Is someone’s loyalty simply based on price? You can give respondents multiple options here, such as proximity, or certain features, to gauge what makes them loyal to a brand, and find out what you should be competing on.
How does your brand make people feel? By offering a list of emotive responses here you’ll get an understanding of the vibe customers get from your brand. And with that you’ll know whether your marketing and branding strategies are working or whether you need to give them a rethink.
Here are some possible answer options you could use for a question on brand perception like this:
For this question, you want to pick a few competitors who sell similar products, and have a little competition. That’s right: have them rate competitors as well, using the same question format. You can include a scale that measures different aspects, from customer service to price-quality.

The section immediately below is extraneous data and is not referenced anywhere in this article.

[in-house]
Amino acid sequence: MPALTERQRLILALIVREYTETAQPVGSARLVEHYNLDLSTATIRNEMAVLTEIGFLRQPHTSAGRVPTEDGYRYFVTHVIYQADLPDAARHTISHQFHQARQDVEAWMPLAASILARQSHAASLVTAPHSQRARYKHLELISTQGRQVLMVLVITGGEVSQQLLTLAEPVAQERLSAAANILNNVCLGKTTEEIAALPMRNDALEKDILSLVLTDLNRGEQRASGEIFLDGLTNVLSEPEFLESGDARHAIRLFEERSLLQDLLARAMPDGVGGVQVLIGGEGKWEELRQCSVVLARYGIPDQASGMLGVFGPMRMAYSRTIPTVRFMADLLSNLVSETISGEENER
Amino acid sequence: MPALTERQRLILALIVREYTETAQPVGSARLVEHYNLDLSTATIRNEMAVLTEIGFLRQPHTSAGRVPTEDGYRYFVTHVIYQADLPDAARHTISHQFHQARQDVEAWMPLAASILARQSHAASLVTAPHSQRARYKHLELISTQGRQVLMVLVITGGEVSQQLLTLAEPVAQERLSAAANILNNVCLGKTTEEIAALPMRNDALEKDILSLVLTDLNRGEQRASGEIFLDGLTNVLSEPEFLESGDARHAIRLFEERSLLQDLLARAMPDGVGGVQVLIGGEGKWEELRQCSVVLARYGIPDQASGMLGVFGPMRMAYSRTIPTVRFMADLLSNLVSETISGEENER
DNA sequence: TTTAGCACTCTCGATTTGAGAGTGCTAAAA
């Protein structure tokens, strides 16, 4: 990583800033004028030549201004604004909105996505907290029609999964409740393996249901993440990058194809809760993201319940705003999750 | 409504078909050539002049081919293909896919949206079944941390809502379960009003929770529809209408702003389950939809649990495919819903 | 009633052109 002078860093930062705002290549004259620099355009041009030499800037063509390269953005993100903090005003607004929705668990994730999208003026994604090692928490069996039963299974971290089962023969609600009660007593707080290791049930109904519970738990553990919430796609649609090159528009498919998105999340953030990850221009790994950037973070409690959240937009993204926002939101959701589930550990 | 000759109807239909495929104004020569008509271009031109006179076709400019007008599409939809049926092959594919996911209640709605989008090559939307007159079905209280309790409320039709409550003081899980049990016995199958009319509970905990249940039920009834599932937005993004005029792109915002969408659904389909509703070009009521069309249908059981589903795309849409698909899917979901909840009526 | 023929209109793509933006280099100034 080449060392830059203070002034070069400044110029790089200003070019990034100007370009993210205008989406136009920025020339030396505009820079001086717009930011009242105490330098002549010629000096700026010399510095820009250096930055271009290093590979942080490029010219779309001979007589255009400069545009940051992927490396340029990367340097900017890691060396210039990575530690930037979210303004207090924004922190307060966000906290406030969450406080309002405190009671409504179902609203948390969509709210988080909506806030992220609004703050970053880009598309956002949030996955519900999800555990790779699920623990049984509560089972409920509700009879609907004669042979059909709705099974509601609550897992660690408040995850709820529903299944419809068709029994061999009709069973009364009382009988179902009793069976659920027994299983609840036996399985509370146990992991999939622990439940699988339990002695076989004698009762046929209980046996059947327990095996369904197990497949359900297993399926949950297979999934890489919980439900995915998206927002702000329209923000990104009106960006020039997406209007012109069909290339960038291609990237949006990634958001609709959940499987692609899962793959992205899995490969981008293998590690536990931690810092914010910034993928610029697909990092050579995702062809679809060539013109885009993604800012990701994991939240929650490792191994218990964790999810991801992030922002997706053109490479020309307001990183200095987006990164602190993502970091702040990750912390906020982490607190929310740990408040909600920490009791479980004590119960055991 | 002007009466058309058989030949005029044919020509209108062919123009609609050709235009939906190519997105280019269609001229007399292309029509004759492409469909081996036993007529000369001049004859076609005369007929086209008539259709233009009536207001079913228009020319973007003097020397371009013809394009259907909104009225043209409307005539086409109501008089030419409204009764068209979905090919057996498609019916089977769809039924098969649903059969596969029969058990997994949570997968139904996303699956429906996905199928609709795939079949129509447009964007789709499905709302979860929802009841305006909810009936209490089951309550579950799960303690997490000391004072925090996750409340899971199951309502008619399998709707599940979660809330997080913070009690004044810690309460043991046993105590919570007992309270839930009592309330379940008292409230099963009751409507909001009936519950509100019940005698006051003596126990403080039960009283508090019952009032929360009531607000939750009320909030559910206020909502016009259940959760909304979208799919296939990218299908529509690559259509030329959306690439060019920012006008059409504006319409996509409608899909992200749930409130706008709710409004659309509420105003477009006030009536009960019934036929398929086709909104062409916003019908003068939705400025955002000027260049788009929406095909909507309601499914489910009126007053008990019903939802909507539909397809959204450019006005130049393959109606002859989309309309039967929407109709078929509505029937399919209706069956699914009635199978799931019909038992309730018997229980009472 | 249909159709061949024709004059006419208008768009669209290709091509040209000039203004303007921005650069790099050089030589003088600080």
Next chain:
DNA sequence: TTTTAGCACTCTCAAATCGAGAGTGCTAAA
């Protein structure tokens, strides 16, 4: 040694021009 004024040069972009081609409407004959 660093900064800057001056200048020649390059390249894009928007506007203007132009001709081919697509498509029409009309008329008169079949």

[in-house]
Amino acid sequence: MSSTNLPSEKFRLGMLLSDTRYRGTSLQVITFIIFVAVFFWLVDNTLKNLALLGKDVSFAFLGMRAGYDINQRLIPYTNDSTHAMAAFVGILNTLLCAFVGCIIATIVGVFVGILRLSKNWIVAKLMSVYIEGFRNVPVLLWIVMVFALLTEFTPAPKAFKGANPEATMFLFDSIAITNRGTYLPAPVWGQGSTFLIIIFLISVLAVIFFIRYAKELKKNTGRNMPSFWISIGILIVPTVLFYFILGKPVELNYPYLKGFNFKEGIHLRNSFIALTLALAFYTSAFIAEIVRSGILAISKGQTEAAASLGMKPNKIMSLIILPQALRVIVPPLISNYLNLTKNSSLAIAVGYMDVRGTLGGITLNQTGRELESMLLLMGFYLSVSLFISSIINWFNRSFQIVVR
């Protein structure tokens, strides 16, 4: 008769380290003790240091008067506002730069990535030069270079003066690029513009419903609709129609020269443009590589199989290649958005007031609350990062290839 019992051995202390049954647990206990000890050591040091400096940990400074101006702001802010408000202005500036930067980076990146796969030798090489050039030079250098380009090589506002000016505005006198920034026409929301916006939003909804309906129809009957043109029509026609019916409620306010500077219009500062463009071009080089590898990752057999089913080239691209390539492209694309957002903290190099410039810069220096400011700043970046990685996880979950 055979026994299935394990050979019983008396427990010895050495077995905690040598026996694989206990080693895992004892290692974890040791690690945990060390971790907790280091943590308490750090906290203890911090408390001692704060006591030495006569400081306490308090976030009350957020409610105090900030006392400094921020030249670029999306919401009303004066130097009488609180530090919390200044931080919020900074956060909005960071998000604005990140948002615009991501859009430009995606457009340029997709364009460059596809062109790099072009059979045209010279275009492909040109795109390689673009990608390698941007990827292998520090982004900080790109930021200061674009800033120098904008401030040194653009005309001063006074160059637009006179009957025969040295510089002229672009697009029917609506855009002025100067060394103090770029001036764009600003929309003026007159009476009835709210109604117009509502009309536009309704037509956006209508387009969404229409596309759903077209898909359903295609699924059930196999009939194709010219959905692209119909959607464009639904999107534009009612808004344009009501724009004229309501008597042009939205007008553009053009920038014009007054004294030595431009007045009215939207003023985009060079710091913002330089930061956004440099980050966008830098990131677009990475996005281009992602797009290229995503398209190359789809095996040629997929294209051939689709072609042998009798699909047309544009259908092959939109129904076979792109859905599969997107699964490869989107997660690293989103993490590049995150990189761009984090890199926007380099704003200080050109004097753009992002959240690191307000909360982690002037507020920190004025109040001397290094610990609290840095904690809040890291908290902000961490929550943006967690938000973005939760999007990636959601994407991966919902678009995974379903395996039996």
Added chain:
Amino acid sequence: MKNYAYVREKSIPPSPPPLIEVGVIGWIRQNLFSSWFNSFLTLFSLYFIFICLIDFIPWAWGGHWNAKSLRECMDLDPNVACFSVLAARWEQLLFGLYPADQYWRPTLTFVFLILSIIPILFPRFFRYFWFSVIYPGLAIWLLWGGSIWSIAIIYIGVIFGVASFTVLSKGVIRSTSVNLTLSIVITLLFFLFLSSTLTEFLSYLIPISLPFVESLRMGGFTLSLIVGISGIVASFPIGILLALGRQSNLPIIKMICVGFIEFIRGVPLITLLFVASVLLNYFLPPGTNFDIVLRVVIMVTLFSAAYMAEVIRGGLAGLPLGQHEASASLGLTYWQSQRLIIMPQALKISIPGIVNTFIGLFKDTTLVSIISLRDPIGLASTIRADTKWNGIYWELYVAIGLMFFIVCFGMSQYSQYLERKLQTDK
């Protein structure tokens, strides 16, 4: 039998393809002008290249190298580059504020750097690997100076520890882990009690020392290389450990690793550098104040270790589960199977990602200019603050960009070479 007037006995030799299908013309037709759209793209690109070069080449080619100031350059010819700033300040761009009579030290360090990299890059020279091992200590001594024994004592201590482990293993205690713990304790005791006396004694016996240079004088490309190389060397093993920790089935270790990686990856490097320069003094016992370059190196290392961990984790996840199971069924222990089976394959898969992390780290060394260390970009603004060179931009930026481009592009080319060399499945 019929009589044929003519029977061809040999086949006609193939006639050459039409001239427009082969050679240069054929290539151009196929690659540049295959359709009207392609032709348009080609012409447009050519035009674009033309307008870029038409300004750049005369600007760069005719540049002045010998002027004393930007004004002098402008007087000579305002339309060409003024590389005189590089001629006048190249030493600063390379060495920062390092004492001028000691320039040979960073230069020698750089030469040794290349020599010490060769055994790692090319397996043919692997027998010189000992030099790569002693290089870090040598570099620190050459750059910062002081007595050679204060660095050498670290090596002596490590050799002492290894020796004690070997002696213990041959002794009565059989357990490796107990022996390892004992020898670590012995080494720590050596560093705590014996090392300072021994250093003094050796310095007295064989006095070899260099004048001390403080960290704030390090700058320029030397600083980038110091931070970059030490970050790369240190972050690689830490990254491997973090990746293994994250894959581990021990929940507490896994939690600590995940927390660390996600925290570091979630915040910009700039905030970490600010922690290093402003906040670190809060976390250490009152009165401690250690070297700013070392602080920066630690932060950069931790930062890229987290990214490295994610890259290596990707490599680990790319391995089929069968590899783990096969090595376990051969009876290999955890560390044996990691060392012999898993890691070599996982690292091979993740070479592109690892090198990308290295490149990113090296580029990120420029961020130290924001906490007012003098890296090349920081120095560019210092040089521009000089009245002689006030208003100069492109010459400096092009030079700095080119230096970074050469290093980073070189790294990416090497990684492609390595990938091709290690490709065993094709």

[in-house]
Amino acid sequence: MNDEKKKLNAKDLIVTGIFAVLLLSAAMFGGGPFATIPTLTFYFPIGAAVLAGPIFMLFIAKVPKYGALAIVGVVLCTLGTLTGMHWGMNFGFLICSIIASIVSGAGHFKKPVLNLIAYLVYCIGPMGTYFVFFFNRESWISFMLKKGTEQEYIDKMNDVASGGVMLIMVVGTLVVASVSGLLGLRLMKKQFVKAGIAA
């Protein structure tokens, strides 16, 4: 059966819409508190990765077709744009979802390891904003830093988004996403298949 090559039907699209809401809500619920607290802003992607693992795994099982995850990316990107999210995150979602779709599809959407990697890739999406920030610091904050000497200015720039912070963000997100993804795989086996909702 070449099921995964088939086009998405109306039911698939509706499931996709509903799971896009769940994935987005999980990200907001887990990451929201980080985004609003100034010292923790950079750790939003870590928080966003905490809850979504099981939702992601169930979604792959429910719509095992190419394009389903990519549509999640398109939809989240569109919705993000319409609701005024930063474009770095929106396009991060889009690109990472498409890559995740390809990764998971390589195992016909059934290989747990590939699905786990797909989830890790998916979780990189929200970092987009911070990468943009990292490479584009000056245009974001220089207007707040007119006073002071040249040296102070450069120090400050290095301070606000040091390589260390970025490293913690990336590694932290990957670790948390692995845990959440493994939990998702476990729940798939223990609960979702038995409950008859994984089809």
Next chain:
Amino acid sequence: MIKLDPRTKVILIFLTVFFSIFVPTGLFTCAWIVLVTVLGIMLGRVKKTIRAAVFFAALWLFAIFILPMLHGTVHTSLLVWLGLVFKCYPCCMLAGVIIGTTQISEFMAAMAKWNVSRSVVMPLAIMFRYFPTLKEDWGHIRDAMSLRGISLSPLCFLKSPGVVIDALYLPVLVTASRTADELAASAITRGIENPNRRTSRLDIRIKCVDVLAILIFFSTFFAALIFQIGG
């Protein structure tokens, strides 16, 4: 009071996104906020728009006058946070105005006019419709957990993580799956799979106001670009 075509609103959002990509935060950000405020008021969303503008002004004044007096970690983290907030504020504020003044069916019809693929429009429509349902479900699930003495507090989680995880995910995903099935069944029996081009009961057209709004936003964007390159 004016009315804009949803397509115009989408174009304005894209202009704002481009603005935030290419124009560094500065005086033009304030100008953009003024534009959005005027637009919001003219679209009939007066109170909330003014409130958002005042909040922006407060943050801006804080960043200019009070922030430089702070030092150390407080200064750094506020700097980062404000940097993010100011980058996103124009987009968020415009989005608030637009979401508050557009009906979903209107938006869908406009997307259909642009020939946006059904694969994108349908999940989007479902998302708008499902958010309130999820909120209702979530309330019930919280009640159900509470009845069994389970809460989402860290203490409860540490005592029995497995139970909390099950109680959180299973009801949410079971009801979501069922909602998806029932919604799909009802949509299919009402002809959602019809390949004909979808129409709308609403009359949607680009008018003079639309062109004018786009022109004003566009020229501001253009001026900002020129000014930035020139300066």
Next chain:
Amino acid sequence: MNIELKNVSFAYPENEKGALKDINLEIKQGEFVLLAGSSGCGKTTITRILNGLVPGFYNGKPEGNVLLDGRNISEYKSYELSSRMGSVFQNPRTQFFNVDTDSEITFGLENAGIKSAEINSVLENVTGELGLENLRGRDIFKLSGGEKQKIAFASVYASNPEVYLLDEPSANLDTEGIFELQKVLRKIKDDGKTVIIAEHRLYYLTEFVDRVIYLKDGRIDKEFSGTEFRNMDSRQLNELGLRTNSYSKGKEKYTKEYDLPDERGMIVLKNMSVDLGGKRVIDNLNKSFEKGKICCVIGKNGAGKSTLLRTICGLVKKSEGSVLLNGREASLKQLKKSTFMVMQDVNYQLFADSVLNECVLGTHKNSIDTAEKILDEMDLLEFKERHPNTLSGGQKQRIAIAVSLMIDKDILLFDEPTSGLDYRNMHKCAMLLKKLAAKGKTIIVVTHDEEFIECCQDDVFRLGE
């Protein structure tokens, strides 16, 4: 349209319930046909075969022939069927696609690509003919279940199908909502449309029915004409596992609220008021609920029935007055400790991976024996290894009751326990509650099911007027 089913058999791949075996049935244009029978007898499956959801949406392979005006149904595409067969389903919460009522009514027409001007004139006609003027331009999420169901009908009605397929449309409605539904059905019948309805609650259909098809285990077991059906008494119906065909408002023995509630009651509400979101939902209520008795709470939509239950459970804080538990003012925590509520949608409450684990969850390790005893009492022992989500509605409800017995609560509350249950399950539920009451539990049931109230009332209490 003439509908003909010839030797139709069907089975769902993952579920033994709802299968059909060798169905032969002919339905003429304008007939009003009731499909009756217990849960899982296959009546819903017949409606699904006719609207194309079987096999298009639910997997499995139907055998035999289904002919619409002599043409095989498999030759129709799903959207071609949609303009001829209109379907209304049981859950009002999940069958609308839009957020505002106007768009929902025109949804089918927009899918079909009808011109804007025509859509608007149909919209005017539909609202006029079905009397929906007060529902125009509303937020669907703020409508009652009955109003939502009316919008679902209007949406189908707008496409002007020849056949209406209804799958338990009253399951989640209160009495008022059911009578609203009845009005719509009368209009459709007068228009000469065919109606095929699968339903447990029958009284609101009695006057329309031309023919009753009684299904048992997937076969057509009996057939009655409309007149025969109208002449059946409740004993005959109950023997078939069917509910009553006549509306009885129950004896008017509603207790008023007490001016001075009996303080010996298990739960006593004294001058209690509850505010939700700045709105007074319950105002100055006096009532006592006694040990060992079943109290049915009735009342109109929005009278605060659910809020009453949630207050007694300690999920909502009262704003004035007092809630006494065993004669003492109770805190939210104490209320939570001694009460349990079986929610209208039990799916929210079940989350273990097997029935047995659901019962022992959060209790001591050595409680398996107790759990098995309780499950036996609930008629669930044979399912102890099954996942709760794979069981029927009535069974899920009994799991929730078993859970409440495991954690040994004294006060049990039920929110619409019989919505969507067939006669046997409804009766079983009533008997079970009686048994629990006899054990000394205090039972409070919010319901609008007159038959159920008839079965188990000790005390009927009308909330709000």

Present respondents with a list of options here, of products that are relevant: it doesn’t have to be the exact same products, but also substitutes or complementary products.
Ah, there’s the NPS!
We had to include it in this list, because it’s a must-have in any brand preference or brand perception survey. The NPS divides your respondents into three levels of loyalty:
It’s unrealistic to expect everyone to be a promoter for your brand (although that shouldn’t mean you don’t strive for promoters), so it’s important to find out why some people wouldn’t recommend your brand to others. Don’t just focus on the positives!